‘Pretos’ and ‘Pardos’ between the Cross and the Sword: Racial Categories in Seventeenth Century Brazil

‘Pretos’ and ‘Pardos’ between the Cross and the Sword: Racial Categories in Seventeenth Century Brazil

European Review of Latin American and Caribbean Studies
Number 80 (April 2006) Constructing Ethnic Labels
pages 43-55

Hebe Mattos, Professor of History and Coordinator of the LABHOI/UFF Memory of Slavery Oral History Project
University Federal Fluminense, Brazil

This paper discusses the meanings of ‘race’ in the Portuguese empire on the basis of two historical case studies. The twin processes of miscegenation, in the biological sense, and cultural intermixing has engendered intermediate strata that have long stimulated the imagination of historians. In Brazilian historiography, considerable emphasis has been given to the invention of the ‘mulato’, as proposed by Alencastro (2000, 345-356), and the ethnogenesis of the ‘pardo’ in Portuguese America, as described in an article by Schwartz (1996). Compared to these interpretations of the emergence of these intermediate categories in Portuguese America, the two cases presented here appear to suggest a more central role for the early demographic impact of access to manumission in colonial society and the possibilities for social mobility among the free peoples of African descent.

Europeans and Africans in the Portuguese Empire

Mixing between Europeans and Africans in the Portuguese Empire produced hierarchical categories for racial gradations during the seventeenth century. Only in this period were the categories ‘mulato’ and ‘pardo’ included in the regulations for Purity of Blood (Estatutos de Pureza de Sangue), which determined who could have access to the same honours and privileges that the old Christian Portuguese received. From the seventeenth century onwards, those regulations stipulated that ‘no one of the race of Jew, Moor or Mulato’ (Raça alguma de Judeu, Mouro ou Mulato) was eligible to receive certain honours and privileges from the crown (Carneiro 1988, cap. 2; Lahon 2001, 516-520).

At least up to the second half of the eighteenth century, the expansion of the Portuguese empire was based on a corporativist conception of society and power. Society was considered an integrated organism, with a natural order and hierarchy created by divine will. The king, as the head of this body, was responsible for distributing favours according to the functions and privileges of each of its members, thereby exercising justice in the name of God. According to Xavier and Hespanha (1993, 130), ‘from a social point of view, corporativism contributes to the image of a strictly hierarchical society, because in a naturally ordered society, the irreducibility of social functions leads to the irreducibility of legal and institutional statutes’.  In historical reality, the continuous expansion of Portuguese society in the colonial period tended to create a myriad of subdivisions and classifications within the traditional representation of the three medieval orders (clergy, nobility and the common people), by expanding the nobility and its privileges, redefining functions, and subdividing the common people into ‘clean’ and ‘unclean’ states (the latter included the ofícios mecânicos, or manual trades).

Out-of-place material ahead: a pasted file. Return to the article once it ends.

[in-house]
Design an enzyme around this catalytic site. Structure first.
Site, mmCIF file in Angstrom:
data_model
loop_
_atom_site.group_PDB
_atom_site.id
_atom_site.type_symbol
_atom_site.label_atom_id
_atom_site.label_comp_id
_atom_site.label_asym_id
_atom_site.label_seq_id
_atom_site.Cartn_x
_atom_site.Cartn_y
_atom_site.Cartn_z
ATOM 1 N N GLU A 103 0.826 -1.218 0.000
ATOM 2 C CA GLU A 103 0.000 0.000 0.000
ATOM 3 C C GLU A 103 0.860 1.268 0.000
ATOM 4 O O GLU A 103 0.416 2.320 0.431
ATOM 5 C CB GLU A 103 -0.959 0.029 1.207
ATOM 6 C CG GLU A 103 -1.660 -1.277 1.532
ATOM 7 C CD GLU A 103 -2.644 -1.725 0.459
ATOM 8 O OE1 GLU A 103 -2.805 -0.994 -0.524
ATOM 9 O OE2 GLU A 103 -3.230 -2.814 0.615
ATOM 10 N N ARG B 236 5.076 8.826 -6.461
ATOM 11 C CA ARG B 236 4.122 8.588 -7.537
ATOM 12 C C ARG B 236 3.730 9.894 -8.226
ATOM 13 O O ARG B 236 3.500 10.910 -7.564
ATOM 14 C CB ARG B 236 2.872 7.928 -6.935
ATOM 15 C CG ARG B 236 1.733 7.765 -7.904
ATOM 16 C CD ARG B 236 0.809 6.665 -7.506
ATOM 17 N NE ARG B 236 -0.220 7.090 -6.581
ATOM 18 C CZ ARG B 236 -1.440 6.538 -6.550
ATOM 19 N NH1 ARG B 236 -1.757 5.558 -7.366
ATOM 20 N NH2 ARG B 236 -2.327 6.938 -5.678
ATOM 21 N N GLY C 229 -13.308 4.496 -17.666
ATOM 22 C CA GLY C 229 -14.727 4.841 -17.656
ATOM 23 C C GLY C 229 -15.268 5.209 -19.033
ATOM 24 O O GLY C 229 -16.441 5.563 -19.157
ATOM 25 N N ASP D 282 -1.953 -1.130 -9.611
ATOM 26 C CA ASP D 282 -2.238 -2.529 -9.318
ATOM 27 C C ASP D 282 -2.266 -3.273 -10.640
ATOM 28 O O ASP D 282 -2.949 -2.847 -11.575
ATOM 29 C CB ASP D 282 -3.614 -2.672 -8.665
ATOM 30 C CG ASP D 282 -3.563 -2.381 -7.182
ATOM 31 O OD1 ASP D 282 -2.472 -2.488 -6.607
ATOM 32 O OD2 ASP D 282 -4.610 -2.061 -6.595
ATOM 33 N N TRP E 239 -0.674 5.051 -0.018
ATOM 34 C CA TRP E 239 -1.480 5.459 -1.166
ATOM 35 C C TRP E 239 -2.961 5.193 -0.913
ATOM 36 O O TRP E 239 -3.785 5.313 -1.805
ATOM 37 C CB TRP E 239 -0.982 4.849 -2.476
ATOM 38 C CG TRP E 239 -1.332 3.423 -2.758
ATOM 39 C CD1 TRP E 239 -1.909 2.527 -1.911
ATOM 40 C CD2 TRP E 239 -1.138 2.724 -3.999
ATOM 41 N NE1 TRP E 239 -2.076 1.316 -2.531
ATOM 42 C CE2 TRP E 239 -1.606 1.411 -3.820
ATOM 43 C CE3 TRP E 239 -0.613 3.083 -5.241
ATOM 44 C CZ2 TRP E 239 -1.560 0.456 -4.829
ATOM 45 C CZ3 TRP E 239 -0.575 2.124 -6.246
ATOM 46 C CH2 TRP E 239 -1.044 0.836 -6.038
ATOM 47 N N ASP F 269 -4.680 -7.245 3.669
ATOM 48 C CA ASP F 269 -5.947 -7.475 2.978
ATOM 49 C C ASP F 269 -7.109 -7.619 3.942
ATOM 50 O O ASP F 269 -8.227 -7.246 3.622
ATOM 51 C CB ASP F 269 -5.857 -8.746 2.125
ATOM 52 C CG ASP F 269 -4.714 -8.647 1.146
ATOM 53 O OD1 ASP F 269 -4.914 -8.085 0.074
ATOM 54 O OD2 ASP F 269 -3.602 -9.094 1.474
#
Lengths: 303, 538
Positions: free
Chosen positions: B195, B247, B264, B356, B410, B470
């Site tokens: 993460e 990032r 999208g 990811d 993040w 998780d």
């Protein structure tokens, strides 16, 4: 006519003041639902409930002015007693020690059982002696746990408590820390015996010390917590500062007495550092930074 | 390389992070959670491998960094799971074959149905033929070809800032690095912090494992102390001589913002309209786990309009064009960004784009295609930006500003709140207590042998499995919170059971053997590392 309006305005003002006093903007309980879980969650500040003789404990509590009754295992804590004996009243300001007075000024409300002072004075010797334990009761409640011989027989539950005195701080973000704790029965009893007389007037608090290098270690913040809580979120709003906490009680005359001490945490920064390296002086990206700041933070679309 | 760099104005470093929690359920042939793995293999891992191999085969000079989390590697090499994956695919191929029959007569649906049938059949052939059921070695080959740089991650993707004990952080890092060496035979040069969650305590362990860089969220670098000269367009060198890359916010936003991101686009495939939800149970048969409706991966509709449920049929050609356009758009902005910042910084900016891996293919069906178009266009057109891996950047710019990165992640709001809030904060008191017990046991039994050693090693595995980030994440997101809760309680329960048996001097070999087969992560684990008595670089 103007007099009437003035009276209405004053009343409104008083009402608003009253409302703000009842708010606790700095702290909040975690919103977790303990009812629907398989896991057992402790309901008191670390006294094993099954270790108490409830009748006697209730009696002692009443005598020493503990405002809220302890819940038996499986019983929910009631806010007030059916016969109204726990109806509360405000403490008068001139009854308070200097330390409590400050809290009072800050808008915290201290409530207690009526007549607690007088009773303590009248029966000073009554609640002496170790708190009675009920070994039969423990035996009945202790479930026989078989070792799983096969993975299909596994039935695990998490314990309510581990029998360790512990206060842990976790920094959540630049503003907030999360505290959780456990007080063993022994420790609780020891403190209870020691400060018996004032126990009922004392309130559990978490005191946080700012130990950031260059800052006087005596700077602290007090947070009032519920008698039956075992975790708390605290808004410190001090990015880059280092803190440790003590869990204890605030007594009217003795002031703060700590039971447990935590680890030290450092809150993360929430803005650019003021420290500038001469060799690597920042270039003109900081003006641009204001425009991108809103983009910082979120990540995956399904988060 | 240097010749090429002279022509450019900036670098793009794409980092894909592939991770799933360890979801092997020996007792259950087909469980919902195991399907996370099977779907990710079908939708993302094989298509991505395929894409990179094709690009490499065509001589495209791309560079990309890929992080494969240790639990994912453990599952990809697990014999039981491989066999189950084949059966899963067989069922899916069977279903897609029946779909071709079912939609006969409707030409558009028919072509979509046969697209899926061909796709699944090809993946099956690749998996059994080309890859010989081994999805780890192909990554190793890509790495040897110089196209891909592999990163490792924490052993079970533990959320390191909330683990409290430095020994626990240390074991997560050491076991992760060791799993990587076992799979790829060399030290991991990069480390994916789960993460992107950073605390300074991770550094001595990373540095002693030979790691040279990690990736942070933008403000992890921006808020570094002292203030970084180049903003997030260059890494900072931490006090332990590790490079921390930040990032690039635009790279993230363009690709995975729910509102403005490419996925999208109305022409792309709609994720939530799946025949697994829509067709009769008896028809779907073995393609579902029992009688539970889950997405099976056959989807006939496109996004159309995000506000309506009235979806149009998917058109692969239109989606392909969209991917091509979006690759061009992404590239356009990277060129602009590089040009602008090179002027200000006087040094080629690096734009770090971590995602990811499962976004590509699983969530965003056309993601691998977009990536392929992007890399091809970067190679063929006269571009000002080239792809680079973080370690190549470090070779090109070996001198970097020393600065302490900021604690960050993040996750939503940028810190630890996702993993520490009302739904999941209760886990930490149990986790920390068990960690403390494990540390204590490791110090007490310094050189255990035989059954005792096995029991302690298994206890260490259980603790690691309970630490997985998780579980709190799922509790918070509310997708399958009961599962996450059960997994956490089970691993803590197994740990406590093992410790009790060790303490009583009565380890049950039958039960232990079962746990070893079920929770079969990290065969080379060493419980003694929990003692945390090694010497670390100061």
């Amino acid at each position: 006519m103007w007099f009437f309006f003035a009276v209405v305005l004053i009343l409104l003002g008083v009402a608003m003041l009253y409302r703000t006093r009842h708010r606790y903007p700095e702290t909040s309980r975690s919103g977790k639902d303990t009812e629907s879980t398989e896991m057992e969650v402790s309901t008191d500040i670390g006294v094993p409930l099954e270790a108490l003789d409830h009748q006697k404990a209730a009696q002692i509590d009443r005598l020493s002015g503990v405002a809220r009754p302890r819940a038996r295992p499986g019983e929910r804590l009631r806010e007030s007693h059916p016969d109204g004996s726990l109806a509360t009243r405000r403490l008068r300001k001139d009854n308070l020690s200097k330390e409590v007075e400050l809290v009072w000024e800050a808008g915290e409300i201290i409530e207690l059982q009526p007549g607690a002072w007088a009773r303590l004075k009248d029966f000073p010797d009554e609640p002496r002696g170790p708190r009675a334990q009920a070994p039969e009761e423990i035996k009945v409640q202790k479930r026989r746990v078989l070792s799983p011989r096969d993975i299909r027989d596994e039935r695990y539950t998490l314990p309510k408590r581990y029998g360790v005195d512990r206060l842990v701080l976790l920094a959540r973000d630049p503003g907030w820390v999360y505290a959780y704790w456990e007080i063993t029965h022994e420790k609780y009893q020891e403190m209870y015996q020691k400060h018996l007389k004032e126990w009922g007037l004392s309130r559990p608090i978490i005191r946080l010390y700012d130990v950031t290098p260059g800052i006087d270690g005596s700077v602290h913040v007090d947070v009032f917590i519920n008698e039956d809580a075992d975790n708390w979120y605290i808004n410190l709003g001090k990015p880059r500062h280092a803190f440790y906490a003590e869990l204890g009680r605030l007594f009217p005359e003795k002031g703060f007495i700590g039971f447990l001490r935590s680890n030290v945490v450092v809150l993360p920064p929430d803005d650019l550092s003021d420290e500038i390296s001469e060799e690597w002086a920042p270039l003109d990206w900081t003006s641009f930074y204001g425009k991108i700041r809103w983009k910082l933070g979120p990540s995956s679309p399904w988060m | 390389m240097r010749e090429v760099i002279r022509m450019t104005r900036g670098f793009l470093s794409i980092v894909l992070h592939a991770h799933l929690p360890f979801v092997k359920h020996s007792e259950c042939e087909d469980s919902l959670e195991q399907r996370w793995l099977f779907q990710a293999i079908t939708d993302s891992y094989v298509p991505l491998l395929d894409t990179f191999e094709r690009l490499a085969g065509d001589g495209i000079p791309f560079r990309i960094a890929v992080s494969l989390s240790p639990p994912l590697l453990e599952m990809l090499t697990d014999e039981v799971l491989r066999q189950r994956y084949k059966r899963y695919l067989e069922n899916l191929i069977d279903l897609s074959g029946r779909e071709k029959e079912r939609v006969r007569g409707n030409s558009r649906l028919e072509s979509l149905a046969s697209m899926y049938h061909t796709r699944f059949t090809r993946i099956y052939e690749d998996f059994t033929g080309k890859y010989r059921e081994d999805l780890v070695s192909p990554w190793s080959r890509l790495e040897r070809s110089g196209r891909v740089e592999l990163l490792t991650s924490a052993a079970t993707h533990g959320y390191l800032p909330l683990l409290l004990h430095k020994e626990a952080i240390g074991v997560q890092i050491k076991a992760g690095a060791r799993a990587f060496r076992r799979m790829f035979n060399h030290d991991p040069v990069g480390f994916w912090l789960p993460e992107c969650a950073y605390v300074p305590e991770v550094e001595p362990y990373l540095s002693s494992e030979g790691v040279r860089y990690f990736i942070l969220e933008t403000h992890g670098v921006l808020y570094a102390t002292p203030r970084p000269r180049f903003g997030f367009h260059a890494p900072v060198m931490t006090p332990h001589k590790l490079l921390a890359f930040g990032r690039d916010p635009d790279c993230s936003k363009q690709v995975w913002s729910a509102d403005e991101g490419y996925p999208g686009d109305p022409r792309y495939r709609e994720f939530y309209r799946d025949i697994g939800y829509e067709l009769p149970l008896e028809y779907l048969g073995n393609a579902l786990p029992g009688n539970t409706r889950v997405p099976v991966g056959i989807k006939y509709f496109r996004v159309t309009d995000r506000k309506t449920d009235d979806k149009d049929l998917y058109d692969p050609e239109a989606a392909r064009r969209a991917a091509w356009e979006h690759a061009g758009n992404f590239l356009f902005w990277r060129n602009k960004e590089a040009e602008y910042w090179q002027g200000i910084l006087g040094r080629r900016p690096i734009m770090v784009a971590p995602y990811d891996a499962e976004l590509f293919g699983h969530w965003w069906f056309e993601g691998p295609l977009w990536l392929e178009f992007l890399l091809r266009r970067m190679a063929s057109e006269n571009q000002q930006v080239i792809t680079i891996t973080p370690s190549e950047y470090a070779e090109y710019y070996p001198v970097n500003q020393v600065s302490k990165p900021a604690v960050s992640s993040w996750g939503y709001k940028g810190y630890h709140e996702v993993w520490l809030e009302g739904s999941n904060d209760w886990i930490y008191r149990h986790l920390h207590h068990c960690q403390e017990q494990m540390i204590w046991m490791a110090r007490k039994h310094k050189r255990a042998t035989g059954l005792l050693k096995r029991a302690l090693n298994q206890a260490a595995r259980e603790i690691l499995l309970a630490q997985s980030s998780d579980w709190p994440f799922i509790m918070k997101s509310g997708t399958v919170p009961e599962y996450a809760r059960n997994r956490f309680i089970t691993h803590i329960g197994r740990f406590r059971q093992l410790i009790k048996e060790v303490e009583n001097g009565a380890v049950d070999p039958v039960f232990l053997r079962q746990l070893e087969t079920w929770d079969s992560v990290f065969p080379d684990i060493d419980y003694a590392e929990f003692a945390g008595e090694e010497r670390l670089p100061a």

This ongoing transformation was not limited to territory in Europe, but had ramifications throughout a vast empire, which expanded in the name of spreading the Catholic faith. In this process of contact with other peoples, legal concepts were developed to deal with the new groups who converted to Catholicism and thus integrated into the body of the empire. Since at least the fifteenth century, in addition to restrictions on those who practiced the ‘manual trades’, the concept of cleanliness of blood determined differentiations among the common people and limited the expansion of the nobility, imposing a range of restrictions on the descendants of Jews, Moors and Gypsies. The restrictions based on the ‘purity of blood statutes’, enacted later in Portugal than in Spain, date back to the Ordenações Afonsinas of 1446-7 (Carneiro 1988, chap. 2; Lahon 2001, 516-520)…

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